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Technicolor partners with Google for Android TV hybrid device development

Technicolor has announced a partnership with Google to promote hybrid Android TV devices.

The partnership, it said, is designed to accelerate the development and deployment of the Google Broadcast Stack software platform onto a wide array of customer premises equipment (CPE) and consumer electronics devices used to access video services.

The development is a part of Technicolor’s Connected Home’s commitment to leveraging open and innovative technologies for network service providers (NSPs). The company said that the partnership will help to fulfill a need of NSPs who: “have been searching for a more efficient and cost-effective way to develop hybrid solutions that integrate traditional broadcast streams and conditional access systems (CAS) with OTT services to manage complexity and create more intuitive viewing experiences for subscribers.”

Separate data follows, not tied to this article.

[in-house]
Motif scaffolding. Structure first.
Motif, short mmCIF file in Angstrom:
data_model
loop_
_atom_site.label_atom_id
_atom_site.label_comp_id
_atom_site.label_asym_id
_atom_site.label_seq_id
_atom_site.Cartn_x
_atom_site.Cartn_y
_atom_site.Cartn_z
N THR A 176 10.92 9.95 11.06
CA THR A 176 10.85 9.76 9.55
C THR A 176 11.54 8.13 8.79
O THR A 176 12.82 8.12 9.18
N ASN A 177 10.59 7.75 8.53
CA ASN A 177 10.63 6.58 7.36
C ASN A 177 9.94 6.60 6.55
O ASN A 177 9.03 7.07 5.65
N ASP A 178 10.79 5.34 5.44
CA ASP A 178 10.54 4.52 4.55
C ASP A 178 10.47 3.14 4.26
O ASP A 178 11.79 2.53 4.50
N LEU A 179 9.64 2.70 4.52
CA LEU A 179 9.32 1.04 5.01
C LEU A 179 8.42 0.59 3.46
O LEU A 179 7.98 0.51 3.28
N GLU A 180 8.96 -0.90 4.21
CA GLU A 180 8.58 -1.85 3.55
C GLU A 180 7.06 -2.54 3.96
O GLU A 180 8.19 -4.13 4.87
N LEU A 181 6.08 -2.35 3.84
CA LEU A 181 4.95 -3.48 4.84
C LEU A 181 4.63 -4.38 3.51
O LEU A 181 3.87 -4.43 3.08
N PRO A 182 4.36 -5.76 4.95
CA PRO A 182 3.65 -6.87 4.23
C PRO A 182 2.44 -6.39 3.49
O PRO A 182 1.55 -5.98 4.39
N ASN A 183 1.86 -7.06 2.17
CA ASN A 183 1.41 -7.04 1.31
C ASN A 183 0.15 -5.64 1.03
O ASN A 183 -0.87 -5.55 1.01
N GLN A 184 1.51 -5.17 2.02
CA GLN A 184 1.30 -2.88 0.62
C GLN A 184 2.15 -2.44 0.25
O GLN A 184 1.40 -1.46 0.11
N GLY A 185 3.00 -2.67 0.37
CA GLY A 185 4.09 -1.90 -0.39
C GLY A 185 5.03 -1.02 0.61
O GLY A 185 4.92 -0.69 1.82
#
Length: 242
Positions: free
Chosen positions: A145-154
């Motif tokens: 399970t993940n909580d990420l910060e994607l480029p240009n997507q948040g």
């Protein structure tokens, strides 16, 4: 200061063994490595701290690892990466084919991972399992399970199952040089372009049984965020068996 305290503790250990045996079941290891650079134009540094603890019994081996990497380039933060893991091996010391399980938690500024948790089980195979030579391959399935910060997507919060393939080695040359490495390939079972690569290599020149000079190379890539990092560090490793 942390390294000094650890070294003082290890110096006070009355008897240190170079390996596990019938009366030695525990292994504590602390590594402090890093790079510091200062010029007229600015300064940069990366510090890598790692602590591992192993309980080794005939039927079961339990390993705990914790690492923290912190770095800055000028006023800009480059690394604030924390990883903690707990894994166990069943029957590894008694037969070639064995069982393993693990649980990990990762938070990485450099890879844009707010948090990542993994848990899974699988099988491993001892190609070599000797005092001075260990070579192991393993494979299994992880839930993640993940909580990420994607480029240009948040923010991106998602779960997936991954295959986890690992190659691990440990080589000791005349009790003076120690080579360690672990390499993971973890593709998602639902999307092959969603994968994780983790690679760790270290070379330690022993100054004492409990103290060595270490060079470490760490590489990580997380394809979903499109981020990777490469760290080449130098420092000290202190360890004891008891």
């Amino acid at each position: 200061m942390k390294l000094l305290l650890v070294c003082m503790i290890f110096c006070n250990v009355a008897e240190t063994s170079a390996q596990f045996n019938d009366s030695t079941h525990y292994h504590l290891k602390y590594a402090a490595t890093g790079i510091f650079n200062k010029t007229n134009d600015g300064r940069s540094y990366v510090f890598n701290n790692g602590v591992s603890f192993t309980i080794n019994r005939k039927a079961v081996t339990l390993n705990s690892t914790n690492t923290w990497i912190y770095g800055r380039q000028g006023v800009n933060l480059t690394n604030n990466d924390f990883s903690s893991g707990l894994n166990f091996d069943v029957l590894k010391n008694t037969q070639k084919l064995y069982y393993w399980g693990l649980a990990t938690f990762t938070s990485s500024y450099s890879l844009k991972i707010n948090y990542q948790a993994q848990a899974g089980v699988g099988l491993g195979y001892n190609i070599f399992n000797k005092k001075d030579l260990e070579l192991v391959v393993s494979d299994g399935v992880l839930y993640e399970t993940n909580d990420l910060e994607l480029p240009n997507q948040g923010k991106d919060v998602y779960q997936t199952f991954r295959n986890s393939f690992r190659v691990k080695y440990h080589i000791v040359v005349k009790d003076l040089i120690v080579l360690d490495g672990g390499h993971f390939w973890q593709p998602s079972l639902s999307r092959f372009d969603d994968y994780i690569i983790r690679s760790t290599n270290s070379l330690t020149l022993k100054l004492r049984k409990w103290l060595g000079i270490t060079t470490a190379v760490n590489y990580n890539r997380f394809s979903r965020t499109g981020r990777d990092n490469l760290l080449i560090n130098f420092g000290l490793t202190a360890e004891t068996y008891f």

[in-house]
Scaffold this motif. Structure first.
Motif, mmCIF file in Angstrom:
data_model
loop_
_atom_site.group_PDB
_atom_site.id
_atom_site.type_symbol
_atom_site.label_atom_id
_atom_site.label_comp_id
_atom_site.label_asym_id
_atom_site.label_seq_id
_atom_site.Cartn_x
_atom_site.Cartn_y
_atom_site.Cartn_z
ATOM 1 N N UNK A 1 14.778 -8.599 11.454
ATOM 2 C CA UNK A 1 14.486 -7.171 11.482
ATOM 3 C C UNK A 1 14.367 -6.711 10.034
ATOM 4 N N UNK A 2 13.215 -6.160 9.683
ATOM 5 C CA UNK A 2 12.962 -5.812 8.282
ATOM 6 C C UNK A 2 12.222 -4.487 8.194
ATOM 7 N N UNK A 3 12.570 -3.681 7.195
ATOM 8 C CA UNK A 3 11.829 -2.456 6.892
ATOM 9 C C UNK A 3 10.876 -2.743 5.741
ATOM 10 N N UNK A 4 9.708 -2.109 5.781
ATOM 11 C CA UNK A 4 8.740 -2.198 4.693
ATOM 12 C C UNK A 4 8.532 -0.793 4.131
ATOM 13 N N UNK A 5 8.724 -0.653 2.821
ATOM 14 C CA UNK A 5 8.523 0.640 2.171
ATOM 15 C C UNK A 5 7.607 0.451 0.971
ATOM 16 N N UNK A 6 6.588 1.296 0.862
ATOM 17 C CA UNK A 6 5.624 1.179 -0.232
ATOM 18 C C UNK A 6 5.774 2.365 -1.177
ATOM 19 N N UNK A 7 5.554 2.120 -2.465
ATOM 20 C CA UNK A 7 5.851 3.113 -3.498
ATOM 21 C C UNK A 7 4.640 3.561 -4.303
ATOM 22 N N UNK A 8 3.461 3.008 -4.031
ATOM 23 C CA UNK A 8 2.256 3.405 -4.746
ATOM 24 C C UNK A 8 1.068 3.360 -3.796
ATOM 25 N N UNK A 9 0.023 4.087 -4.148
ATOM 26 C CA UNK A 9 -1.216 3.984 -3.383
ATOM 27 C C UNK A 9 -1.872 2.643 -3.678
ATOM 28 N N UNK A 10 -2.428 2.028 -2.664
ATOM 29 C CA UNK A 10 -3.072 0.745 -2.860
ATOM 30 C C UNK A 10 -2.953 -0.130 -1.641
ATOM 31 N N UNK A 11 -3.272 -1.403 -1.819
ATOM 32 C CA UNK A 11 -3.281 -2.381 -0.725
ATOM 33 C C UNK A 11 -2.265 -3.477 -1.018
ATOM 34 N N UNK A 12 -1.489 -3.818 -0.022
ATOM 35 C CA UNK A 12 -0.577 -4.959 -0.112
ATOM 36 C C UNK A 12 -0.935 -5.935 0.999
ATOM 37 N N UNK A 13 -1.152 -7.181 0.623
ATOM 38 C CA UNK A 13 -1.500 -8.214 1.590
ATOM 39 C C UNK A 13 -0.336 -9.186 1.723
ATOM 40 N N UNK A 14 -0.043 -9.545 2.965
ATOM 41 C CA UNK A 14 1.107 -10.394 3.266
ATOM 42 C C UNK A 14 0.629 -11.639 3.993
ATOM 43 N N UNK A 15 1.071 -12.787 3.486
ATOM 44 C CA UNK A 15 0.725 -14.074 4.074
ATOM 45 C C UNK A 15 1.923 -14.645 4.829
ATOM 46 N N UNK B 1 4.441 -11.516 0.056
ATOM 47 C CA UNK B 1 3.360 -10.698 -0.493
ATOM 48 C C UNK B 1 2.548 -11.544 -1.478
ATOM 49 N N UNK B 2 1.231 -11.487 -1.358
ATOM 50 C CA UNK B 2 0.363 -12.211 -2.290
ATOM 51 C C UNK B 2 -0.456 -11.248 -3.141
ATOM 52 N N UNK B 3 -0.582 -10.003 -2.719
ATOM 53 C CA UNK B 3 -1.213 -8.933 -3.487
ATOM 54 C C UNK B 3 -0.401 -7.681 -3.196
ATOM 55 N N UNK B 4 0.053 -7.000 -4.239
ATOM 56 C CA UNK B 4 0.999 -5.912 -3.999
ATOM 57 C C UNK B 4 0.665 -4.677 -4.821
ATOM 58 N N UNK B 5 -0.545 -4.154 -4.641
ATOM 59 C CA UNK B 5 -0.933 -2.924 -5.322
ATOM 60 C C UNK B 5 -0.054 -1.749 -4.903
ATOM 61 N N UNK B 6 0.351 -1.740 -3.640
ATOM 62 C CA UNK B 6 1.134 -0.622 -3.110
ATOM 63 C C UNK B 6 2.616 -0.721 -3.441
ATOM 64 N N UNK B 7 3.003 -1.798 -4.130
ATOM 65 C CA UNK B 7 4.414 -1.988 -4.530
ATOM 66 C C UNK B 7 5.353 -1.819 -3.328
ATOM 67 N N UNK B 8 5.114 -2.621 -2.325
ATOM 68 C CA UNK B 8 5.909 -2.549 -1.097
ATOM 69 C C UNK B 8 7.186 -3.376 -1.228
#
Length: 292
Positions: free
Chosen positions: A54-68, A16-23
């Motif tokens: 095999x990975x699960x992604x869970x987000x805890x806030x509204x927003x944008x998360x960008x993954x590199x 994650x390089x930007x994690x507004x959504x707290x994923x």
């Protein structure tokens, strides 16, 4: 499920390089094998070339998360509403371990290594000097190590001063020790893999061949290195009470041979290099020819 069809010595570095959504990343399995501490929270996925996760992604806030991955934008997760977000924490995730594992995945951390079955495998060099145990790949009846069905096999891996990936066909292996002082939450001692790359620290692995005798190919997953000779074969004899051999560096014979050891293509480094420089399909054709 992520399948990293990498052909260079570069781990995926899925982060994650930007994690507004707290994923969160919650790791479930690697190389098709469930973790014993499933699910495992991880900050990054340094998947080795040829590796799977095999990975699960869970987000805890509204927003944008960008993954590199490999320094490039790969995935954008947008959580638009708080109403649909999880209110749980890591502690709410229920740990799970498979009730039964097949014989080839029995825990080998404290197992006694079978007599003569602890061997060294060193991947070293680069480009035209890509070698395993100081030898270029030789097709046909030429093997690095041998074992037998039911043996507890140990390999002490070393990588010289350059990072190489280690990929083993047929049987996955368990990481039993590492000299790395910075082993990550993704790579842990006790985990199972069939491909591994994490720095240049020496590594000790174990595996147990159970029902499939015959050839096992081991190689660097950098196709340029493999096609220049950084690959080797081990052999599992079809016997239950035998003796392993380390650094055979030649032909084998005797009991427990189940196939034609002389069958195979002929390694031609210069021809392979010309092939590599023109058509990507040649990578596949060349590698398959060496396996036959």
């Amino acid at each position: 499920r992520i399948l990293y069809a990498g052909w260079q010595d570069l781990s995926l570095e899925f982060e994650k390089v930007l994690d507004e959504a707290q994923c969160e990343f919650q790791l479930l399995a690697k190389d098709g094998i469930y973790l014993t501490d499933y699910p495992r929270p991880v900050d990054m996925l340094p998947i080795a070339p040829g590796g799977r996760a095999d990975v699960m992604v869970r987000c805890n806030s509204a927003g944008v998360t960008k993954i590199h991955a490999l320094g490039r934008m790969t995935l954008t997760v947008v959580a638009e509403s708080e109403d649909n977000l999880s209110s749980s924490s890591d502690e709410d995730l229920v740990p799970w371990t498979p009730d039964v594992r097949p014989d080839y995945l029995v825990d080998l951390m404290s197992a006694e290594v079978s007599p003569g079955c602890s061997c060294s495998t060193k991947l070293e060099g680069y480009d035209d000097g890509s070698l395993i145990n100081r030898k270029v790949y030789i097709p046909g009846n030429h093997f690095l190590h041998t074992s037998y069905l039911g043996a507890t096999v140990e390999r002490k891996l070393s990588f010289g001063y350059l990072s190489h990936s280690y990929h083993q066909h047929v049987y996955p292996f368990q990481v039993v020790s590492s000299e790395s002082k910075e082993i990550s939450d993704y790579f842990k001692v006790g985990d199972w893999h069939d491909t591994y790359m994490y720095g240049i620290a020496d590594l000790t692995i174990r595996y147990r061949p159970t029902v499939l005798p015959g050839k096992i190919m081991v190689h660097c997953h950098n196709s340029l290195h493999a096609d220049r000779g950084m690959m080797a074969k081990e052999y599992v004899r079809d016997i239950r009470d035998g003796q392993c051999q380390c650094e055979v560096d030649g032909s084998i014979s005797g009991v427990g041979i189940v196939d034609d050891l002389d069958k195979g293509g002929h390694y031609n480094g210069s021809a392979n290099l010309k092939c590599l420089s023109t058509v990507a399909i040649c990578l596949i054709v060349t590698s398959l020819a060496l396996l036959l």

The Google Broadcast Stack, it said, makes it possible to scale up production and distribution of Android TV devices that can simultaneously support the delivery of traditional broadcast streams, CAS and OTT services without ever having to leave HDMI 1.

Technicolor said that it is working with Google to create a common broadcast stack on Android TV devices that supports a variety of features including open architectures; playback and record functionality; EPGs; Teletext; global broadcast standards, including: DVB-T/T2, DVB-C, DVB-S2 and ISDB-T; and IPTV support.

Shalini Govil-Pai, head of Android TV at Google, said: “Households in every region are often frustrated by the need to change inputs when switching from traditional cable and pay TV platforms to the growing number of streaming services that are delivered over the internet.”

Brian Jentz, VP, at the Video Product Unit of Technicolor Connected Home, said: “Until now, NSPs have had to custom integrate CAS capabilities into Android TV devices. This has been a costly and time-consuming process that can require 18 months or more of development and testing before offerings can be brought to market.”

“The Google Broadcast Stack makes it possible to cut the process down by 50%; it also reduces the total cost of ownership associated with deploying these hybrid devices at scale,” Jentz said. “This is a result that we have seen again and again around the world. Technicolor has deployed hybrid devices in all regions, across all major CAS and broadcast streams, including terrestrial, satellite, cable and IPTV environments.”